Pac-12: Georgia Bulldogs

Potential spoiler matchups for Alabama, Oregon 

November, 19, 2014
11/19/14
3:40
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The near upsets that TCU and Florida State went through in Week 12 show that no matter how strong College Football Playoff title contenders are, they always have to be on the lookout for spoiler teams that could end their championship dreams.

The bad news for the top two teams in the College Football Playoff rankings -- Alabama and Oregon -- is that both have a potential spoiler matchup that just might be an unfavorable one. Here's a look at games that could prevent both teams from making the playoff. (Note: Unless otherwise specified, all of the statistical totals below are in Power 5 games.)

Alabama Crimson Tide

Position U: Kicker

June, 18, 2014
6/18/14
10:30
AM ET

Who really deserves to claim the title of “Kicker U” for the 2000s?

1. Ohio State (80 points): The Buckeyes placed first among place-kickers and tied for ninth at punter thanks to an award winner in each category. The high-point man who helped Ohio State win the “Kicker U” label was Mike Nugent, who won the Lou Groza Award, was a two-time All-American and All-Big Ten pick and was picked in the second round of the 2005 draft. Punter B.J. Sander won the Ray Guy Award and was drafted in the third round before enjoying a short career with the Green Bay Packers.

Award winners: B.J. Sander, Guy (2003); Mike Nugent, Groza (2004).
Consensus All-Americans: Mike Nugent (2002, 2004).
First-team all-conference: Dan Stultz (2000), Adam Groom (2002), Mike Nugent (2002, 2004), B.J. Sander (2003), Josh Huston (2005).
NFL first-round draft picks: None.
NFL draft picks, Rounds 2-4: B.J. Sander (Round 3, 2004), Mike Nugent (Round 2, 2005).
NFL draft picks, Rounds 5-7: None.

2. UCLA (72 points): A pair of consensus All-Americans (Justin Medlock and Kai Forbath) and a Lou Groza Award (which Forbath won in 2009) helped UCLA push toward the top of the rankings. Medlock was also drafted in 2007 and has spent portions of several seasons on NFL rosters, while also kicking at times in the CFL.

Award winners: Kai Forbath, Groza (2009).
Consensus All-Americans: Justin Medlock (2006), Kai Forbath (2009).
First-team all-conference: Nate Fikse (2001, 2002), Justin Medlock (2004, 2006), Aaron Perez (2008), Kai Forbath (2009), Jeff Locke (2012).
NFL first-round draft picks: None.
NFL draft picks, Rounds 2-4: None.
NFL draft picks, Rounds 5-7: Justin Medlock (Round 5, 2007), Jeff Locke (Round 5, 2013).

3. Colorado (64 points): Three-time all-conference pick Mason Crosby -- also a consensus All-American in 2005 -- accounted for nearly all of Colorado’s point production at place-kicker. He went on to become a sixth-round draft pick and has set several franchise records as a member of the Green Bay Packers. Mark Mariscal also added some points by winning the Ray Guy Award and becoming an All-American and all-conference selection in 2002.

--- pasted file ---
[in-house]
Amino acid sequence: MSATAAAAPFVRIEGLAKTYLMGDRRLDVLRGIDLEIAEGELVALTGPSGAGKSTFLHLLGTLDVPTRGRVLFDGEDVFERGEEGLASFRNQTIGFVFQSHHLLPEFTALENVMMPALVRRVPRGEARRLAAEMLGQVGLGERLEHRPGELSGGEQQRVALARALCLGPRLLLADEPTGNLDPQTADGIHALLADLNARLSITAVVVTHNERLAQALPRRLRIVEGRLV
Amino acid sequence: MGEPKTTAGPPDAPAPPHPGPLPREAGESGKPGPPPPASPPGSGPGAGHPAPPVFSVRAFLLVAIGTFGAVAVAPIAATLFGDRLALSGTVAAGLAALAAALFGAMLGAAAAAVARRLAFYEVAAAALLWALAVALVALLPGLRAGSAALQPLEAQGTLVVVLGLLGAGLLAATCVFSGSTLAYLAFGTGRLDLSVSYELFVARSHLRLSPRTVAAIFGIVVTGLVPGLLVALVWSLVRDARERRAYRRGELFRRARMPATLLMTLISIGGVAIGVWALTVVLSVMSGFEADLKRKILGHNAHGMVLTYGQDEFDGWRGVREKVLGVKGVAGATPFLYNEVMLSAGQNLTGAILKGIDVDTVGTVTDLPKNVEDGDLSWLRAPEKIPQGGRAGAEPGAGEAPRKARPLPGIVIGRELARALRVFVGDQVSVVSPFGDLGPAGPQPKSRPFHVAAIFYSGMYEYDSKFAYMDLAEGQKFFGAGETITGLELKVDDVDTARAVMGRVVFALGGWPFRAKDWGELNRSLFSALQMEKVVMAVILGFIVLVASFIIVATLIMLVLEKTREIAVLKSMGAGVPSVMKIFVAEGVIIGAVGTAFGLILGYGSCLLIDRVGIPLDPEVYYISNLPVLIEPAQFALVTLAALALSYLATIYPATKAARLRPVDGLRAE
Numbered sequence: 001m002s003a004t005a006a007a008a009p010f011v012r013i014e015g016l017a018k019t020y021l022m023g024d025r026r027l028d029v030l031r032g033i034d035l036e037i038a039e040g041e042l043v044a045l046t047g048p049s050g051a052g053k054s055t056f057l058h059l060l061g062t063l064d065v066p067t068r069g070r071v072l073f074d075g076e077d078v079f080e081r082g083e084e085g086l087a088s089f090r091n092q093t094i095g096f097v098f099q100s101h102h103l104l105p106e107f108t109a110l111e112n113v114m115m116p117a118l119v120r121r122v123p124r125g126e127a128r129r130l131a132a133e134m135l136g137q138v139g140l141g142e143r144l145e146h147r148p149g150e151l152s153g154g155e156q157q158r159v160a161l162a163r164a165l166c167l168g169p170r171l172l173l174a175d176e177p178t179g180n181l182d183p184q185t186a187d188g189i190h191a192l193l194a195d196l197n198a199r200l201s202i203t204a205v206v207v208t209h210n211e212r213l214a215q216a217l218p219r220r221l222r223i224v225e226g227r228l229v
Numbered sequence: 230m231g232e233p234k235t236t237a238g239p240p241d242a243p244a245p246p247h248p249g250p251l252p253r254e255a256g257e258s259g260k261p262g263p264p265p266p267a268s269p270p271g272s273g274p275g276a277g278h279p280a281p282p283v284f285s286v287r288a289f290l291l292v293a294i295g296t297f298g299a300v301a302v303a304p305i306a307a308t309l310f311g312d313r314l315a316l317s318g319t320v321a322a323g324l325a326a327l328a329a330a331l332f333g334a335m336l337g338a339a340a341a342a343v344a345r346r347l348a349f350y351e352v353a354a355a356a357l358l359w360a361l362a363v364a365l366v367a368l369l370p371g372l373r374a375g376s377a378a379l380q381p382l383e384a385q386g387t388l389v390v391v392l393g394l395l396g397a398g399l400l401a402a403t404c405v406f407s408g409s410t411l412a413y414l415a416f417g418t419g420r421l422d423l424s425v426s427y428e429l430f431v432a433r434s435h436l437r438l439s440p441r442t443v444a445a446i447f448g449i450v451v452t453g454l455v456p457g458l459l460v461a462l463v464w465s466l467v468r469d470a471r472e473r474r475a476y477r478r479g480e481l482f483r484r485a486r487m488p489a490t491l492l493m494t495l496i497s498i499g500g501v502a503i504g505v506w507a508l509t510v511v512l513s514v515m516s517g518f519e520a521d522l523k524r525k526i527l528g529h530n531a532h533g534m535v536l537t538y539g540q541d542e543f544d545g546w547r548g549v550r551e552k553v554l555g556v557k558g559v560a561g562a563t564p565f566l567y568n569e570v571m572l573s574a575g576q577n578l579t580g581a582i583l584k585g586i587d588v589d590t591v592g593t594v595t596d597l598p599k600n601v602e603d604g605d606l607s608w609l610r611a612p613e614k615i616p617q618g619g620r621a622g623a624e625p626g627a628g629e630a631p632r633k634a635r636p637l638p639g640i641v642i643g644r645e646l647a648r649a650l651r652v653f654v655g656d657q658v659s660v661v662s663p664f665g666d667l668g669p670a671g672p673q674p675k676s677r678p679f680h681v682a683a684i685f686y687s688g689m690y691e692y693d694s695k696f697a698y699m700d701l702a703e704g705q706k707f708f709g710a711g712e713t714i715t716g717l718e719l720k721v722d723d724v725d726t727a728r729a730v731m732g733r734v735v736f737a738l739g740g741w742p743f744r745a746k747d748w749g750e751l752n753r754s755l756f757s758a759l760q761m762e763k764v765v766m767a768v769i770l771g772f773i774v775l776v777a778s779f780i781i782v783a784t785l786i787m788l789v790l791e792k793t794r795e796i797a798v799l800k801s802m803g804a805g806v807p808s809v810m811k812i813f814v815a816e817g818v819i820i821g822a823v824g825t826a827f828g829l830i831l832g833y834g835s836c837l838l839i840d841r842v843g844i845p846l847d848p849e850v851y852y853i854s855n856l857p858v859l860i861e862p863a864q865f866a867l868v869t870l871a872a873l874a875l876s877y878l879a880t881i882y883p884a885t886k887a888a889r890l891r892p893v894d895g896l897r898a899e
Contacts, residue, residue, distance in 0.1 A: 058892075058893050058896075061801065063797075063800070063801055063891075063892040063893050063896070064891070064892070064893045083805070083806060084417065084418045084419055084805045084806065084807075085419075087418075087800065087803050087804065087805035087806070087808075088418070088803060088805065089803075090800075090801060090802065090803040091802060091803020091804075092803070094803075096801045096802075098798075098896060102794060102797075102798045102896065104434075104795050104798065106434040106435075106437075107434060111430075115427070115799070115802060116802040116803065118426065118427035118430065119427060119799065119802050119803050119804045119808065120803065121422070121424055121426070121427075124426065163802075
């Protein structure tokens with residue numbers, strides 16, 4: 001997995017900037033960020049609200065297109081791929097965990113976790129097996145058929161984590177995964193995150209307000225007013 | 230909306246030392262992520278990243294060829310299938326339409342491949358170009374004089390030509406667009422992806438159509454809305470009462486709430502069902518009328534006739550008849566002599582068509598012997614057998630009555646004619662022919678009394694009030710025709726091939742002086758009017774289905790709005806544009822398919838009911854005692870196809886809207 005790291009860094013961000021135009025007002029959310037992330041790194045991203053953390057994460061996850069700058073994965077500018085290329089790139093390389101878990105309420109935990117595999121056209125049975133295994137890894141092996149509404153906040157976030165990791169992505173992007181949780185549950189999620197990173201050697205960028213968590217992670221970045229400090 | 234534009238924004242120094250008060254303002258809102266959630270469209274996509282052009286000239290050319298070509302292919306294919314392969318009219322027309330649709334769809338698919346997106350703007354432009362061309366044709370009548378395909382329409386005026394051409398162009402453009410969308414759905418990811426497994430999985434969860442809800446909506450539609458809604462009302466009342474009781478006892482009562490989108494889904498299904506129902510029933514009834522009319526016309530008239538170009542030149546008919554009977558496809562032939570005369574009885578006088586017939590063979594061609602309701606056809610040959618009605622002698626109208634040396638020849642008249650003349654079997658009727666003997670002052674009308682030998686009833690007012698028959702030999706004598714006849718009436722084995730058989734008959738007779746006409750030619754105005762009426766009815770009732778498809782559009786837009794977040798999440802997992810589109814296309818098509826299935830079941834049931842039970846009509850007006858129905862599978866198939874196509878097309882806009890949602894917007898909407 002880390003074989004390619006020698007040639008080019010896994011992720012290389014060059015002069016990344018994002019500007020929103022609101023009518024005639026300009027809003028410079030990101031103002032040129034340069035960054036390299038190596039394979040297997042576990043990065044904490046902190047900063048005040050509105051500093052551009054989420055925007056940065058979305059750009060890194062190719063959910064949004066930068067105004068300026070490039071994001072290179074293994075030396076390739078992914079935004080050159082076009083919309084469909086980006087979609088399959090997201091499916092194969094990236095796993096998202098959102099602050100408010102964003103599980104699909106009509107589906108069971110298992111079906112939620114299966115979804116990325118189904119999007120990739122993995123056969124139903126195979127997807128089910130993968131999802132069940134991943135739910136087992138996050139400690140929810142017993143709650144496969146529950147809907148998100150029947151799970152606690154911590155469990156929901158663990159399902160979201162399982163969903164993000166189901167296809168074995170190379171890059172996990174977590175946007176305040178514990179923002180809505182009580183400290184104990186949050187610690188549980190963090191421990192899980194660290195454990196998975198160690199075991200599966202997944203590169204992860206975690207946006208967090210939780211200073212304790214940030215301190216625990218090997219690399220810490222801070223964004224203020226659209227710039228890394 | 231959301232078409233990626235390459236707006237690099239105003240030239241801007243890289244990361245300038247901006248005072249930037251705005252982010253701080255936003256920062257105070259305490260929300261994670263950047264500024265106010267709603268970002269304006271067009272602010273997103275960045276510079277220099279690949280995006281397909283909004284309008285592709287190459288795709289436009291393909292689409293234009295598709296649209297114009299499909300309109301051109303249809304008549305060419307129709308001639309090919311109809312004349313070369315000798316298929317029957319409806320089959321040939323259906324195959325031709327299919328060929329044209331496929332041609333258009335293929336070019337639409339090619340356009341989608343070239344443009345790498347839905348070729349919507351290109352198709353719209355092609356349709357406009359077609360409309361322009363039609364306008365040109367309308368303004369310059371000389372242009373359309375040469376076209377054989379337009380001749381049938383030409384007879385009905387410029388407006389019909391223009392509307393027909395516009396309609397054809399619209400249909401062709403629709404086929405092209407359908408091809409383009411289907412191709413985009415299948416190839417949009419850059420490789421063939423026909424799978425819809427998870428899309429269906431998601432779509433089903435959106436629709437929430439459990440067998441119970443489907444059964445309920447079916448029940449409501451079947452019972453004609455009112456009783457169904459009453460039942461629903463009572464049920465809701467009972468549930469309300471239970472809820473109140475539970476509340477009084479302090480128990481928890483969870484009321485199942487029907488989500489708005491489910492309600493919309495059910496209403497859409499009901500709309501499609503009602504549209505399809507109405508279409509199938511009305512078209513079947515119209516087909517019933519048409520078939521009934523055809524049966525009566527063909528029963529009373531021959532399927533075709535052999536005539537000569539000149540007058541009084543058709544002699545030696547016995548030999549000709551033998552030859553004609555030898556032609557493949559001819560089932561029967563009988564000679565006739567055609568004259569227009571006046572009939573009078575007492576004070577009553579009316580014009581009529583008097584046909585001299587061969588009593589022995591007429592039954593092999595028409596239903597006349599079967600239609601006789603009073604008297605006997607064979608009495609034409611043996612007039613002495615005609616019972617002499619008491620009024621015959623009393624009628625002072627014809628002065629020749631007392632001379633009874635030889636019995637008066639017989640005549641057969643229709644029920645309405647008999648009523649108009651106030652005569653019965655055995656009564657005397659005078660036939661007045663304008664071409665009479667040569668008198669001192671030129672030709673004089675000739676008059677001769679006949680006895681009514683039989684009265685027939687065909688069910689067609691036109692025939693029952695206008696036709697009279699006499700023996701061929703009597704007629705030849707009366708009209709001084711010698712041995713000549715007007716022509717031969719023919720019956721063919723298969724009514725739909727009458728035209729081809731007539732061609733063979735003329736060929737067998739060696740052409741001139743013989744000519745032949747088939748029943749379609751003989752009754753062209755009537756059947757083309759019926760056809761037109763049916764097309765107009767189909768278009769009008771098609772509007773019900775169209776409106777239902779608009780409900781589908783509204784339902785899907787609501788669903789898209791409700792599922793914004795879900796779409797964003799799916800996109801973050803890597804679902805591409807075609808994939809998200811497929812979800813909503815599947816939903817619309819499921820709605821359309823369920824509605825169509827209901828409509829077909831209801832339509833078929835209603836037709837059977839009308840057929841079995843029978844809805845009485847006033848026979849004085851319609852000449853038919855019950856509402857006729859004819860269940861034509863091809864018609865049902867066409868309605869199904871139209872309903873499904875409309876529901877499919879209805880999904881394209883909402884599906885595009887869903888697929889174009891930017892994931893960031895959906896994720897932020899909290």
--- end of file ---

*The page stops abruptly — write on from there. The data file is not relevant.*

Award winners: Mark Mariscal, Guy (2002).
Consensus All-Americans: Mark Mariscal (2002), Mason Crosby (2005).
First-team all-conference: Jeremy Flores (2001), Mark Mariscal (2002), Mason Crosby (2004, 2005, 2006), John Torp (2005).
NFL first-round draft picks: None.
NFL draft picks, Rounds 2-4: None.
NFL draft picks, Rounds 5-7: Mason Crosby (Round 6, 2007).

4. Michigan State (62 points): With six first-team All-Big Ten selections -- including three-time honoree Brandon Fields, who was also a consensus All-American in 2004 -- Michigan State takes the No. 3 spot. The Spartans have also had two punters drafted since 2001, which is a rare feat for a college program, as well as kickers Dave Rayner and Craig Jarrett.

Award winners: None.
Consensus All-Americans: Brandon Fields (2004).
First-team all-conference: Brandon Fields (2003, 2004, 2006), Brett Swenson (2009), Aaron Bates (2010), Dan Conroy (2010), Mike Sadler (2012, 2013).
NFL first-round draft picks: None.
NFL draft picks, Rounds 2-4: None.
NFL draft picks, Rounds 5-7: Craig Jarrett (Round 6, 2002), Dave Rayner (Round 6, 2005), Brandon Fields (Round 7, 2007).

T-5. Baylor (56 points): Baylor places almost solely because of one player: mid-2000s standout Daniel Sepulveda. The two-time Ray Guy Award winner scored 44 points by himself, which is greater than the score for every other program in the punter rankings except one (No. 2 Michigan State, which had 48).

Award winners: Daniel Sepulveda, Guy (2004, 2006).
Consensus All-Americans: Daniel Sepulveda (2006).